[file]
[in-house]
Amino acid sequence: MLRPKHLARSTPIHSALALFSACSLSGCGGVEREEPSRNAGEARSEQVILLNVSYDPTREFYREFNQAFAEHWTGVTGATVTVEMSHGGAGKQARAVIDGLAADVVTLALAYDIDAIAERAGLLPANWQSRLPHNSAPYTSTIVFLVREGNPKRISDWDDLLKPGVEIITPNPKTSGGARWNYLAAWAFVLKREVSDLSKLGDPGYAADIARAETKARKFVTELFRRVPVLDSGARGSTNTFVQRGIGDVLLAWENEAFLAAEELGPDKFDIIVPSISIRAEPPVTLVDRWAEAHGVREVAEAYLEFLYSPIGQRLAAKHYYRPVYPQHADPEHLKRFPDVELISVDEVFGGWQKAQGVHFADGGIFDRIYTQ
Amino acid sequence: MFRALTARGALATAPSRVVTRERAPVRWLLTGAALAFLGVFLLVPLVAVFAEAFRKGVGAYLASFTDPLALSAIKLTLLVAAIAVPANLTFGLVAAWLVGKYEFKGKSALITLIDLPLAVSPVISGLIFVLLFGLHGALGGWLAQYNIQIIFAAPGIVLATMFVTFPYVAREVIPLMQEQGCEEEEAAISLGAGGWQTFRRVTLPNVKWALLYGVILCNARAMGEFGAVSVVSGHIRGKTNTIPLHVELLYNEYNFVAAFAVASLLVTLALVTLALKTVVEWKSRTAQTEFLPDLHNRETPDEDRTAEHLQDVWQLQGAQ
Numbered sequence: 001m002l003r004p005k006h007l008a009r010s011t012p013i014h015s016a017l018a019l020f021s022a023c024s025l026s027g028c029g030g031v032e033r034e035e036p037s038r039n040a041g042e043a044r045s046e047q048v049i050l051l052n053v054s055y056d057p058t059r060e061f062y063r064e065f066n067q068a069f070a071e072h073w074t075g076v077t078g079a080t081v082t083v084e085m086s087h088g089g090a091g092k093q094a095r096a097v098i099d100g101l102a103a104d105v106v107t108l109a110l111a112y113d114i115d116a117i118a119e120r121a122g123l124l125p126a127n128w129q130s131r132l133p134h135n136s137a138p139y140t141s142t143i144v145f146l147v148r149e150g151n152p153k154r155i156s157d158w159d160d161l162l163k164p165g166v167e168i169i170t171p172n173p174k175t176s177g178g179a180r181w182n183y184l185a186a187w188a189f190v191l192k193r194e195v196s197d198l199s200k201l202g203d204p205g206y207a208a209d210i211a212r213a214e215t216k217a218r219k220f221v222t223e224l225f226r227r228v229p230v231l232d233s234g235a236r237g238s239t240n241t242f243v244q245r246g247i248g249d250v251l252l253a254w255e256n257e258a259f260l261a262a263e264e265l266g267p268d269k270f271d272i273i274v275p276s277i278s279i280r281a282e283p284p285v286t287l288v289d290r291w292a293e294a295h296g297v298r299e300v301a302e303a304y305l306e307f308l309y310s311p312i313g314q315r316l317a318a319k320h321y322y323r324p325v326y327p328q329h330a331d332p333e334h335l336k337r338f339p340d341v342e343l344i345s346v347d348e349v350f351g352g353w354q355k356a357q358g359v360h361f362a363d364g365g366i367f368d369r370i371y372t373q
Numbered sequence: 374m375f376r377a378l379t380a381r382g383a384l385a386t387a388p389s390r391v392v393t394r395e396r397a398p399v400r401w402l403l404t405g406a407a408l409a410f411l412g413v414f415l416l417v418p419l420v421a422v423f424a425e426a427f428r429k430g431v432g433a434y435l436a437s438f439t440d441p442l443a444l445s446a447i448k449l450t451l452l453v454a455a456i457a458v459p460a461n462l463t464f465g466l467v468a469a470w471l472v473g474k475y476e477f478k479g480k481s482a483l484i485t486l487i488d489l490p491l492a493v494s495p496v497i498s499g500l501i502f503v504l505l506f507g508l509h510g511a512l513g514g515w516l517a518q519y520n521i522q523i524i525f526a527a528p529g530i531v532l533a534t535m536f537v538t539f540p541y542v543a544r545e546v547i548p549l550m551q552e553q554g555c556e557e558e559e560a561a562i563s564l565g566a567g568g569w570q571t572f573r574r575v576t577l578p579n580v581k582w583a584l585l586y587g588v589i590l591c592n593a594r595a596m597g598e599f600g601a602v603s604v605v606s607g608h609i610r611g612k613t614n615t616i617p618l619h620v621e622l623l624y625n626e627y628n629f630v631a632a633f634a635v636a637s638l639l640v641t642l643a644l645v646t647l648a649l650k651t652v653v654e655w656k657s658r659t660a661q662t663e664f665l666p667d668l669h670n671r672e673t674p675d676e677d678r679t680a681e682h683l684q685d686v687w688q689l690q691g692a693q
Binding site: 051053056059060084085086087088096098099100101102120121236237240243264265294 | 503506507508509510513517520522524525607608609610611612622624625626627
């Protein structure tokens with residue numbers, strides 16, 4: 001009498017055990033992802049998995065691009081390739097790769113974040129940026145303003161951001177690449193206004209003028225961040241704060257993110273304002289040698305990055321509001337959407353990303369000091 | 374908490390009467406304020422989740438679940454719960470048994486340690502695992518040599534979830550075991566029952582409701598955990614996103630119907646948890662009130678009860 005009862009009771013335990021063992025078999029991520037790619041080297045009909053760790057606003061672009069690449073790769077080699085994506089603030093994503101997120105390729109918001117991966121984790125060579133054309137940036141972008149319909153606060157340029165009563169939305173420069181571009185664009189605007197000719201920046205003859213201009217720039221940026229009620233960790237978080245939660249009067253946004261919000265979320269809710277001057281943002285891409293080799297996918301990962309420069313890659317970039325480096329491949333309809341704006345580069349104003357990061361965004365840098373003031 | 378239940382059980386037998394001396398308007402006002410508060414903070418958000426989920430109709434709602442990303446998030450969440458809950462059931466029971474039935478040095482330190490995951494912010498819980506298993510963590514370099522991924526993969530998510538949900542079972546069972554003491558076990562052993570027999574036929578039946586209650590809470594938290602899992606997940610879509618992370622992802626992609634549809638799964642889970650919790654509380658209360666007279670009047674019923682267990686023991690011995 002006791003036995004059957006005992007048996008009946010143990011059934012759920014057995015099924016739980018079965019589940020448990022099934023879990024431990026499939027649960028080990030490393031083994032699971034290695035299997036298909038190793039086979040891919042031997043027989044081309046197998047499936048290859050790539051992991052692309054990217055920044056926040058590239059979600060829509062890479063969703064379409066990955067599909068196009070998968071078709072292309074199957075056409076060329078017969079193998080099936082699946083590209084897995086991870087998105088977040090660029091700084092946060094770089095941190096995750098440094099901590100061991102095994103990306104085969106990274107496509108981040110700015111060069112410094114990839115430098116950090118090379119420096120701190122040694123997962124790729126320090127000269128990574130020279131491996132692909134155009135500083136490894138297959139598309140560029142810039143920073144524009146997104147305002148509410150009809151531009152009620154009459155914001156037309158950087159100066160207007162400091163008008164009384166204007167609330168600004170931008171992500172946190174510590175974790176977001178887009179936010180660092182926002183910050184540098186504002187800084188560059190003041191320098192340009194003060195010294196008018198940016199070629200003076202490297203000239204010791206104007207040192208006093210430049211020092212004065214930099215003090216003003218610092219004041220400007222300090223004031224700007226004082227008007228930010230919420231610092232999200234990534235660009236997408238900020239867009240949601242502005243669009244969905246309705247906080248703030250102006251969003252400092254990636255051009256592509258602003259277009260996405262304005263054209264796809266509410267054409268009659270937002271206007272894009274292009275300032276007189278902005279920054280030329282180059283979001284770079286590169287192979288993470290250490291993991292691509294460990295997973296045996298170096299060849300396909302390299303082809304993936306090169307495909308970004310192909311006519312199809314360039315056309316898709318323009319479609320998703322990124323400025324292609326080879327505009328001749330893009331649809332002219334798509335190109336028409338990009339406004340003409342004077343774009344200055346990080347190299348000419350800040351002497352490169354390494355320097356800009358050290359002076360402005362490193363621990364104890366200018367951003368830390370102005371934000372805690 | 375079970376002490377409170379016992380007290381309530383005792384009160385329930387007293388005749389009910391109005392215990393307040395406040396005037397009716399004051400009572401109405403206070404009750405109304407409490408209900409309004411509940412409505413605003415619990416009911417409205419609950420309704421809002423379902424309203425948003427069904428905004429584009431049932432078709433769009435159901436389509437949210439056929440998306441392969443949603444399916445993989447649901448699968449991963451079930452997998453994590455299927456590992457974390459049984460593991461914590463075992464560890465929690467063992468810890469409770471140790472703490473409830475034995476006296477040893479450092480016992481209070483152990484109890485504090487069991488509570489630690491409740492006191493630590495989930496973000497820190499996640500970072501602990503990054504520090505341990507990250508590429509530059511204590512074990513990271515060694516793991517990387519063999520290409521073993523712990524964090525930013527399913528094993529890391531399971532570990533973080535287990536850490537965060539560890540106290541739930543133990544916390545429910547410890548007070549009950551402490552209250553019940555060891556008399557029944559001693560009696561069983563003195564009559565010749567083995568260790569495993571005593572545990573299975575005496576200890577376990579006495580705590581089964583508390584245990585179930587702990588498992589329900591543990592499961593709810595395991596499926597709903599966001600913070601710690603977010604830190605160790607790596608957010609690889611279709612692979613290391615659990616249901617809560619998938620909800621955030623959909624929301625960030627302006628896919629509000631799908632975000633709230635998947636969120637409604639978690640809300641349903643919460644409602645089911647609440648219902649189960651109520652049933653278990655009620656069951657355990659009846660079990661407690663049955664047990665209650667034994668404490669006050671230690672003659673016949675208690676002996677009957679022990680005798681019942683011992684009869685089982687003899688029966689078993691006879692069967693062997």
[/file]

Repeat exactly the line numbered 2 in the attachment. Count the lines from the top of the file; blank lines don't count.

Amino acid sequence: MLRPKHLARSTPIHSALALFSACSLSGCGGVEREEPSRNAGEARSEQVILLNVSYDPTREFYREFNQAFAEHWTGVTGATVTVEMSHGGAGKQARAVIDGLAADVVTLALAYDIDAIAERAGLLPANWQSRLPHNSAPYTSTIVFLVREGNPKRISDWDDLLKPGVEIITPNPKTSGGARWNYLAAWAFVLKREVSDLSKLGDPGYAADIARAETKARKFVTELFRRVPVLDSGARGSTNTFVQRGIGDVLLAWENEAFLAAEELGPDKFDIIVPSISIRAEPPVTLVDRWAEAHGVREVAEAYLEFLYSPIGQRLAAKHYYRPVYPQHADPEHLKRFPDVELISVDEVFGGWQKAQGVHFADGGIFDRIYTQ